Coastline and seascapes are the predominant subjects depicted in the drawings within this grouping and almost all are believed to be of locations on the southern coast of England. Eric Shanes has made much progress in attempting to decipher particular locations, however the abstract painterly style of these studies and often their lack of any identifying features can make this process very difficult indeed. The headlands surrounding the Kentish towns of Margate, Deal, and Folkestone are suggested as the locations for the vaguest of these works (Tate D25322, D25362, D25365, D25383; Turner Bequest CCLXIII 200, 240, 243, 260) whilst the Dorset town of Bridport may be the subject of a similarly indistinct colour sketch (Tate D25390; Turner Bequest CCLXIII 267). The coastal theme, however, is rather anomalously interrupted by two ‘beginnings’ thought to depict the Custom House or the Old Greenwich Hospital from the Thames in London (Tate D25349, D25378; Turner Bequest 227, 255), probably produced for the Views of London finished watercolours of 1825.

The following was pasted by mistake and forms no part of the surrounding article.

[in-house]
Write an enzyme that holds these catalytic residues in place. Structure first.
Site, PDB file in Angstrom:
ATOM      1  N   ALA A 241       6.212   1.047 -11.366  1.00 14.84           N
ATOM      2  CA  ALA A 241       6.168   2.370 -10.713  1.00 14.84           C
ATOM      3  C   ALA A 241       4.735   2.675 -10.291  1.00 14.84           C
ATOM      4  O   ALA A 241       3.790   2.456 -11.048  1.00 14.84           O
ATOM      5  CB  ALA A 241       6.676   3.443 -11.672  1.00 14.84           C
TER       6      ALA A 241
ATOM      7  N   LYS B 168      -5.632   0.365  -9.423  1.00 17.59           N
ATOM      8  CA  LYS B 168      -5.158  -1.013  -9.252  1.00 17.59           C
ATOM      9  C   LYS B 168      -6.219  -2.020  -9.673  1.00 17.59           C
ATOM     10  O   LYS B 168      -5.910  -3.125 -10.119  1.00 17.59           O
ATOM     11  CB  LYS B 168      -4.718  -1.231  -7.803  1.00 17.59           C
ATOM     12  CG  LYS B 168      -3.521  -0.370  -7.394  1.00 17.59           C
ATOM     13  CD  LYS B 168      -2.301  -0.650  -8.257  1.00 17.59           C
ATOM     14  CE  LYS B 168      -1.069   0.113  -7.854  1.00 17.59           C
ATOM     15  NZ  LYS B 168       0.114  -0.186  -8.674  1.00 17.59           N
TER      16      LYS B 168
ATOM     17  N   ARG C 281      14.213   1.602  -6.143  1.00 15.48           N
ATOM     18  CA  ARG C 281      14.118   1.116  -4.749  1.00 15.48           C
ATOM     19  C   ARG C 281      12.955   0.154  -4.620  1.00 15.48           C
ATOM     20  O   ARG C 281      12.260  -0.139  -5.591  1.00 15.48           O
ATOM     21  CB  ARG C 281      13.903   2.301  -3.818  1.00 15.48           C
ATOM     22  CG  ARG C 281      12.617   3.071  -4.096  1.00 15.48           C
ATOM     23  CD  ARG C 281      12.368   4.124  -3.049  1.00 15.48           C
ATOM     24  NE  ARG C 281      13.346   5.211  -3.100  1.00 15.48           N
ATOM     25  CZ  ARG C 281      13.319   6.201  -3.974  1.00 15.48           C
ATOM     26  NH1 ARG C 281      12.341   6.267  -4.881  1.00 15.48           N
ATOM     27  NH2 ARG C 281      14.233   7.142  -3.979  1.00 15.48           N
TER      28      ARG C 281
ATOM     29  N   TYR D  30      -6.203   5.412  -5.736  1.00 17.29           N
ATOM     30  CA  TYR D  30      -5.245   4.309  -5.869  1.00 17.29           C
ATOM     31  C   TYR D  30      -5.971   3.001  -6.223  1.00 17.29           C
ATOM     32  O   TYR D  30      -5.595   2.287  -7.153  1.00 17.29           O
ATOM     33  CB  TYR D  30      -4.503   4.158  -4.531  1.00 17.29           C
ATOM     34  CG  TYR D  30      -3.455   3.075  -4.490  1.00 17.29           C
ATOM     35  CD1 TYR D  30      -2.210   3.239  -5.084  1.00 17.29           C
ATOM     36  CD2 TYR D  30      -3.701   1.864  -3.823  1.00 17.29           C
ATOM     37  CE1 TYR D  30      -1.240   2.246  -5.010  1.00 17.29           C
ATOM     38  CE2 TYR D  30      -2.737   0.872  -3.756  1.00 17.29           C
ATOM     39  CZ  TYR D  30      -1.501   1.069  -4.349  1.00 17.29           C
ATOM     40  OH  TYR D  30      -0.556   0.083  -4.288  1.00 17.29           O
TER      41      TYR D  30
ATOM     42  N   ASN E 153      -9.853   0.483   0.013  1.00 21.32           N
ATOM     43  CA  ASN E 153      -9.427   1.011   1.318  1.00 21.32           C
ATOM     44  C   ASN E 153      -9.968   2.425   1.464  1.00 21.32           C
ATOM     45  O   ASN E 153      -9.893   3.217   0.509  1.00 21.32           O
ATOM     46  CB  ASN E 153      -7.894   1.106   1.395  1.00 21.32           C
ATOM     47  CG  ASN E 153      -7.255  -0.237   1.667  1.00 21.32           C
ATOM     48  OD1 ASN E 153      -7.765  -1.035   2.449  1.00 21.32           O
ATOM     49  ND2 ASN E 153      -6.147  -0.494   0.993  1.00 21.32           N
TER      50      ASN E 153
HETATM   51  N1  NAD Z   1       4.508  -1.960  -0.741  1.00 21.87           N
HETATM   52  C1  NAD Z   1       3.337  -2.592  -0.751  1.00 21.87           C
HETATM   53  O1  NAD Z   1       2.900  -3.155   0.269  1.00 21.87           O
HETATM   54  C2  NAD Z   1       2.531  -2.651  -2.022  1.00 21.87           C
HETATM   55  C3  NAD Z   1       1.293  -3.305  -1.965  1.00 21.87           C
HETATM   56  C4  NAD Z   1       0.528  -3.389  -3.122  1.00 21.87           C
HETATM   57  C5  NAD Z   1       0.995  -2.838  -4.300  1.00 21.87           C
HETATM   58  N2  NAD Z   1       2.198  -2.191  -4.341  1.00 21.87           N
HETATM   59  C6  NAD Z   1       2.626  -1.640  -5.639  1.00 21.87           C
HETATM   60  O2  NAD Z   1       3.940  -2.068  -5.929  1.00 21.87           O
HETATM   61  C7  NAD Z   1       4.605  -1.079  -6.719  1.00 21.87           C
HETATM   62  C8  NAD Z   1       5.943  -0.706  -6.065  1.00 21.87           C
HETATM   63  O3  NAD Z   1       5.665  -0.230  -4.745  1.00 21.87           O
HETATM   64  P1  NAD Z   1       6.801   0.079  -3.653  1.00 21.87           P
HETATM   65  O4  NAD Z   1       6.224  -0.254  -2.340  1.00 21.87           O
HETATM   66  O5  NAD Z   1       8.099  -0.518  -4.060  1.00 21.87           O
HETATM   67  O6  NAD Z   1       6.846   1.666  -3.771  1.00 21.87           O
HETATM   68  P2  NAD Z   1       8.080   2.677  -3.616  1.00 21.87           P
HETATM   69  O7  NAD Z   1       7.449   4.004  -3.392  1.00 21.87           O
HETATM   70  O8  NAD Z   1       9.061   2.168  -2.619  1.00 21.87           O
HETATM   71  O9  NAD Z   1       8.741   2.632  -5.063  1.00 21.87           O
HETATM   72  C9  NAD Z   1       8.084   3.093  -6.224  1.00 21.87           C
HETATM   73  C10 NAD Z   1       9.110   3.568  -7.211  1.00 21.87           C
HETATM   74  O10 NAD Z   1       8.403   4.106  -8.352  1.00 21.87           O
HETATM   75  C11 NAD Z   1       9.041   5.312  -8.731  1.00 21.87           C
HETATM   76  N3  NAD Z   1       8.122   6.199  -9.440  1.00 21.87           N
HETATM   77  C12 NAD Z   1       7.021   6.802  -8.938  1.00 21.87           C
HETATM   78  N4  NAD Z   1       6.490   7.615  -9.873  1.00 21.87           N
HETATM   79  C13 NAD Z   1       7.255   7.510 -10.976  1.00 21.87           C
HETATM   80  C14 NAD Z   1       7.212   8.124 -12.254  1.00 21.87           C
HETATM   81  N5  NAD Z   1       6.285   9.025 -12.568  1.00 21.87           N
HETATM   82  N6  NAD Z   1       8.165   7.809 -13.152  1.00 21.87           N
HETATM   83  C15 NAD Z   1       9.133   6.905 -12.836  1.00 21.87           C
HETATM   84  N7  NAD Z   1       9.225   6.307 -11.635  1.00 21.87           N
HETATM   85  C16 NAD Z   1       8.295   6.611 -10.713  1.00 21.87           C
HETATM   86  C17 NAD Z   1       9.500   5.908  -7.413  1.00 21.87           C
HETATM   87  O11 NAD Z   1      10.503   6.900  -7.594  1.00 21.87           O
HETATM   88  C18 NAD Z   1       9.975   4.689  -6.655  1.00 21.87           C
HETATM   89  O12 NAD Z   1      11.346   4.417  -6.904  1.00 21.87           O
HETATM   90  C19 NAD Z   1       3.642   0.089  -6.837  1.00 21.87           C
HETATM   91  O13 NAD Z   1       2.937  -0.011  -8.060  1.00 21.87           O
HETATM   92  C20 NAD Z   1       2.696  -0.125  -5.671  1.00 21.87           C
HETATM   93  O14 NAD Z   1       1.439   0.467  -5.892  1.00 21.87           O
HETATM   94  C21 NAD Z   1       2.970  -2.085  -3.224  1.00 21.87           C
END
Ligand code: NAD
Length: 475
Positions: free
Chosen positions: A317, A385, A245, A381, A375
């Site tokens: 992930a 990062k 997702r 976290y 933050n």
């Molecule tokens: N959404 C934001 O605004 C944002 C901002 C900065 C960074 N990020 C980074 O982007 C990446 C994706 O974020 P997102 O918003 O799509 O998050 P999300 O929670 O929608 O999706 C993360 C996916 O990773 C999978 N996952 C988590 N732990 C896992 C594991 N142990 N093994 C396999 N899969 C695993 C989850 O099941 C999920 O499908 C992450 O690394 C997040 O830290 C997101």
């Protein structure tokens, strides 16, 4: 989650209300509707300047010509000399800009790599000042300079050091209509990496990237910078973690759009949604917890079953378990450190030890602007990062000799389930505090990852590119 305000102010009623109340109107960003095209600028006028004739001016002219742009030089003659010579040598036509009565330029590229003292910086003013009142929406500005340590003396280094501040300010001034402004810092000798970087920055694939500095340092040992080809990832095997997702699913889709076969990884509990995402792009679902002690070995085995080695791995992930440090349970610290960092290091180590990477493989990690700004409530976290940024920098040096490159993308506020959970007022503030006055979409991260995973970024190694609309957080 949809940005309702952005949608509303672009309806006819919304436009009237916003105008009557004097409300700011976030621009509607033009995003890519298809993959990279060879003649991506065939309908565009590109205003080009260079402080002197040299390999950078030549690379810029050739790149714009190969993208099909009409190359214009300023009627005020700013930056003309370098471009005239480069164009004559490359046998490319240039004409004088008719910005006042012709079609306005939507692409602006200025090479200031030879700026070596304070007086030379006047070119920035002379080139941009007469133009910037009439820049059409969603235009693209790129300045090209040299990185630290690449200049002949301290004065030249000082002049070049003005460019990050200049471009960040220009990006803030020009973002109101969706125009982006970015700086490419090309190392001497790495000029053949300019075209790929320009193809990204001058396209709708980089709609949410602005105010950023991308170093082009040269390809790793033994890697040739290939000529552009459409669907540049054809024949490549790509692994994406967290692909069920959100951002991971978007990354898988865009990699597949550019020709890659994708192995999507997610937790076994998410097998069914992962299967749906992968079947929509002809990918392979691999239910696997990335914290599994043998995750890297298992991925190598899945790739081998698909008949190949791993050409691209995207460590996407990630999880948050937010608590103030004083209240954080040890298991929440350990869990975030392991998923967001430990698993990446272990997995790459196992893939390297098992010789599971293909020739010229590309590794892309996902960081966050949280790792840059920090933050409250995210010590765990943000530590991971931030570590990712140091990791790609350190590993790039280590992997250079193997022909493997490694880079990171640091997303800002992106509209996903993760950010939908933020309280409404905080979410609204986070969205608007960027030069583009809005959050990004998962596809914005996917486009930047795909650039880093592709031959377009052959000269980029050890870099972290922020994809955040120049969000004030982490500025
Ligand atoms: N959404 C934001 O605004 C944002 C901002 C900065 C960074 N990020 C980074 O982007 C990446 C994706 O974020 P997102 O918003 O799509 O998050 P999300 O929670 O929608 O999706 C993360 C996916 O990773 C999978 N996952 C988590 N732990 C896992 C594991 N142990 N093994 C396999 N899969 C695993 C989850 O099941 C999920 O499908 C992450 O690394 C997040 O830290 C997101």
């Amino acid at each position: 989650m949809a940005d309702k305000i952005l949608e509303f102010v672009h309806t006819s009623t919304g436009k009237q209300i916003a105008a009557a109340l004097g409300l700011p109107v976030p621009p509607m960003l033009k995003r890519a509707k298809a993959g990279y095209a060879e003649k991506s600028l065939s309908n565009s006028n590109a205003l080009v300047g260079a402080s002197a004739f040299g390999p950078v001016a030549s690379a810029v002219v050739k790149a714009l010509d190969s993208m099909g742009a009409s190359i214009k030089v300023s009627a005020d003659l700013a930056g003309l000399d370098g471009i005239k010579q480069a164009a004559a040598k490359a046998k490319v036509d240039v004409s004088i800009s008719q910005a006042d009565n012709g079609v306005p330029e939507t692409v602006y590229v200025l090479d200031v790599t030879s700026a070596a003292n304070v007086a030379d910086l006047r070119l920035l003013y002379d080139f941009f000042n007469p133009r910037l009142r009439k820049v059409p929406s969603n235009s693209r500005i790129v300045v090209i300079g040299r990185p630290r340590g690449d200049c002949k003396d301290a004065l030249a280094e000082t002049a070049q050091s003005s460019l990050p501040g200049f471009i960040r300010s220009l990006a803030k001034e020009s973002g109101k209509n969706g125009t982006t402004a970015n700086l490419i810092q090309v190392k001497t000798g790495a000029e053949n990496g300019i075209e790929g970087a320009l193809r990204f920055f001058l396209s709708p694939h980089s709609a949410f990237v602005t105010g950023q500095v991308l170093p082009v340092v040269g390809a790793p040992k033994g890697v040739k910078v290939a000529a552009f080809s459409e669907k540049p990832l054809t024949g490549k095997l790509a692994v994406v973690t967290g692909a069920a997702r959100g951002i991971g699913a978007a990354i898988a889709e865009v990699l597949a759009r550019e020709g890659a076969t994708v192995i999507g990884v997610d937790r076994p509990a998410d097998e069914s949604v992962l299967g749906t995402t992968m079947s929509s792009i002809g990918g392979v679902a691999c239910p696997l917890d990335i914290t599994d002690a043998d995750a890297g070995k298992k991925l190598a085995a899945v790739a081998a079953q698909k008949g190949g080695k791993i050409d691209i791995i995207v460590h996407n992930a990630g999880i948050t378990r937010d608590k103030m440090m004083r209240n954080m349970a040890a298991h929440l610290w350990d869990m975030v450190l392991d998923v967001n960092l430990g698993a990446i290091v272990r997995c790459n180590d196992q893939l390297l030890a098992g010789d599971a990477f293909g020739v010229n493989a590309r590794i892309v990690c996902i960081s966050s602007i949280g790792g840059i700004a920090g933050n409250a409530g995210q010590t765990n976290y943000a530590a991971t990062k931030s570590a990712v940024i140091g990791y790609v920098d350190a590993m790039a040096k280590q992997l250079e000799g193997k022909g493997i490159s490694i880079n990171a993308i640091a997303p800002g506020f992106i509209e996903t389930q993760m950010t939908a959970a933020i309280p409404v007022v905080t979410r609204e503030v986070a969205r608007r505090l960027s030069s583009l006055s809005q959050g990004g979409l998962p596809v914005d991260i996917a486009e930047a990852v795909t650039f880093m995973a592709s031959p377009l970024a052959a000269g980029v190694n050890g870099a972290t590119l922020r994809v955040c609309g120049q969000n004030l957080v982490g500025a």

Also of note in this grouping is the drawing of Brighton beach and pump house (Tate D25292; Turner Bequest 270). That this drawing was taken on lightweight writing paper hints at what can be found on its verso (Tate D40147; Turner Bequest CCLXIII 270v): a letter written in pencil by Turner’s collaborator, the engraver George Cooke (brother of the engraver and publisher W.B. Cooke). The note offers a reminder to the viewer that whilst these studies can be seen as artworks in and for themselves, Turner painted for money: he used whatever materials that were to hand to record ideas for possible or established commissions. Also within this subset is a drawing produced specifically with printmaking in mind: a study of Folkestone (Tate D17761; Turner Bequest CCIII D) which contains a series of detailed annotations thought to be instructions to a prospective engraver.
Other drawings in this grouping do appear to correspond directly to finished works. These are the studies for the Ports of England views of Scarborough (Tate D25149; Turner Bequest CCLXIII 27); Plymouth (Tate D25272, D25344; Turner Bequest CCLXIII 150, 222); Portsmouth (D17758; Turner Bequest CCIII A); Sheerness (Tate D17766, D25389; Turner Bequest CCLXIII 266, CCIII I); and Ramsgate (Tate D25422; Turner Bequest, 299).
Lindsay 1966, p.169.
Eric Shanes, ‘Beginnings’, in Joll, Butlin and Herrmann 2001, p.21.

Alice Rylance-Watson
March 2013

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How to cite

Alice Rylance-Watson, ‘‘Ports of England’ Studies c.1822–8’, subset, March 2013, in David Blayney Brown (ed.), J.M.W. Turner: Sketchbooks, Drawings and Watercolours, Tate Research Publication, September 2014, https://www.tate.org.uk/art/research-publications/jmw-turner/ports-of-england-studies-r1148214, accessed 25 February 2021.